What You Need to Know About the Upcoming Changes in Medicare Advantage
In the middle of October, Medicare will begin its annual open enrollment period for coverage in 2019. If you were thinking about simply renewing your same coverage, you might want to reconsider.
Congress reviewed and passed a new spending bill this year that will provide extra coverage to help prevent medical problems instead of only repairing them. This means some exciting new changes for Medicare Advantage holders. When enrollment opens this fall, here’s what you need to know.
Coverage of Non-Medical Related Items
One of the biggest updates, due to the spending bill, is coverage of non-medical care items. For example, falls in the bathroom are among the most common injuries for the elderly. Wet surfaces increase the likelihood of slippage and hard surfaces increase the likelihood of serious breaks.
In the past, Medicare Advantage plans would have shelled out thousands to cover the costs of surgery, physical therapy, recovery, and medications, but they wouldn’t cover the cost of grab bars next to the toilet and shower that would have prevented the injury in the first place. Many elderly patrons on Medicare plans can’t afford the few hundred dollars it would take to install the bars, so they simply live with the hazards.
Congress decided it would be a much better use of their money to cover these non-medical-related expenses in the name of preventing injury rather than just allocating all spending towards medical treatment. Now, non-medical related expenses like grocery delivery, transportation for medical care, home health aides, and home-safety equipment will be covered starting with your 2019 plans, much to the pleasure of those in geriatric medicine.
“What I find most fundamental is the recognition, by C.M.S. and Congress, that this bright line between ‘medically necessary’ and things necessary to maintain health — like proper nutrition and transportation to a doctor’s office — is an illusion,” Dr. Diane Meier, a geriatrician at the Center to Advance Palliative Care in New York, said in an interview with the New York Times. “Failure to invest in simple things like safe housing and transportation means you will invest in hospitalization and emergency room visits.”
Since the announcement was made earlier this year, there’s not a lot of time for them to make substantial changes to 2019 plans. Therefore, it’s expected that we’ll see even more changes in this regard for 2020 and beyond.
We’ll See an Increase of Long-Term Care Plans
Another key improvement to the Medicare Advantage plan is extended coverage for long-term care plans. Long-term custodial care was left out of normal coverage in Medicare Advantage plans, but no more. The goal is a more managed-care approach to ensure that patients are being treated with what works.
“This will potentially help people stay in their homes longer and not have to go to institutions,” Seema Verma, the C.M.S. administrator, said in the same interview with the New York Times. “You could provide a simple device or a home modification that could mean the world to a patient, but plans weren’t allowed to do that in the past.”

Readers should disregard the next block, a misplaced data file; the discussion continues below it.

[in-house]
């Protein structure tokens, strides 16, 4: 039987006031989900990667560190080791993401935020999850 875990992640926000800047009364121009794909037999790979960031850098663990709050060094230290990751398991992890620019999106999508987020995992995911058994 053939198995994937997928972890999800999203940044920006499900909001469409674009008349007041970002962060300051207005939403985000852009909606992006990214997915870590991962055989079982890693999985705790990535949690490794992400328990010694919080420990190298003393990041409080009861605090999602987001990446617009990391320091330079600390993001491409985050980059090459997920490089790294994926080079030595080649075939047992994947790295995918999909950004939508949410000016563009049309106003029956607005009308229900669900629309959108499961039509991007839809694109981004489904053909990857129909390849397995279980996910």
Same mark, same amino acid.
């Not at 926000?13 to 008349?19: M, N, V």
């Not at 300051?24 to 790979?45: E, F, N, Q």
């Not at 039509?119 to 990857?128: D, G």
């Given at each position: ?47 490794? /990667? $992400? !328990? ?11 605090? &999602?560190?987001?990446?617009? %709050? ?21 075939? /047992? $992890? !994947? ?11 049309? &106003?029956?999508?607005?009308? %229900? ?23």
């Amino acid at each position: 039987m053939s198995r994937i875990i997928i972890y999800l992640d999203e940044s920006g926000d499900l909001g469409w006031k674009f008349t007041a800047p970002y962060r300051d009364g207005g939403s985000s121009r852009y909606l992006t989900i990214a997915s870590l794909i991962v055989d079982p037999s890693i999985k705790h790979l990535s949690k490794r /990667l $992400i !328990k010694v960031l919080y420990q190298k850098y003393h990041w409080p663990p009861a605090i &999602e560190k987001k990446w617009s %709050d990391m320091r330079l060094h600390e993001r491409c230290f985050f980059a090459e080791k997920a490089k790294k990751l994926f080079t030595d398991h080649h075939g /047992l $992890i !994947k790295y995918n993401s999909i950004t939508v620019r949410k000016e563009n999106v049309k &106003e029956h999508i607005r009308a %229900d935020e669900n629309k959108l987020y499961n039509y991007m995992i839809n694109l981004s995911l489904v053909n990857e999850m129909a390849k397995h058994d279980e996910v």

During the enrollment period for 2019, you’ll have a few options to change your plans and take advantage of the spending bill changes. The enrollment and disenrollment period have been extended, and you can switch to a different Medicare Advantage plan if you wish.
According to the Medicare website, you’ll also have the option to:
- Drop your Medicare Advantage plan and return to Original Medicare.
- Sign up for stand-alone Medicare Part D Prescription Drug Plan when switching to Original Medicare.
- Drop your stand-alone Medicare Part D Prescription Drug Plan.
You can learn more about the advantages and disadvantages of these changes on the Medicare website.
Most plans will experience a slight increase in deductibles and coinsurance, as is typical for a new fiscal year. In addition, Medicare Advantage pricing will require some slight changes to factor in the costs of new service.
At first, Medicare Advantage plans might seem more affordable than Original Medicare, but once you factor in the cost of Part D and supplemental policies, it can be more expensive. Additionally, you may be subjected to a more restricted providers network. Discuss your options with an experienced insurance agent to help you determine how pricing changes will affect you.
Overall, Receive Better-Managed Care
All of the changes being applied to Medicare Advantage programs are done in the name of better-managed care. Public health experts, families, doctors, and patients have long bemoaned the outdated form of healthcare that involves paying for treatments only, even if those treatments aren’t extremely effective.
With better-managed care programs through Medicare Advantage, patients will get the treatment they need, regardless of their financial situation. They’ll be able to stay in their homes for longer and enjoy more personalized care while preventing serious injuries and maintaining a longer record of good health. It’s the first of many strides in the right direction for Medicare Advantage members.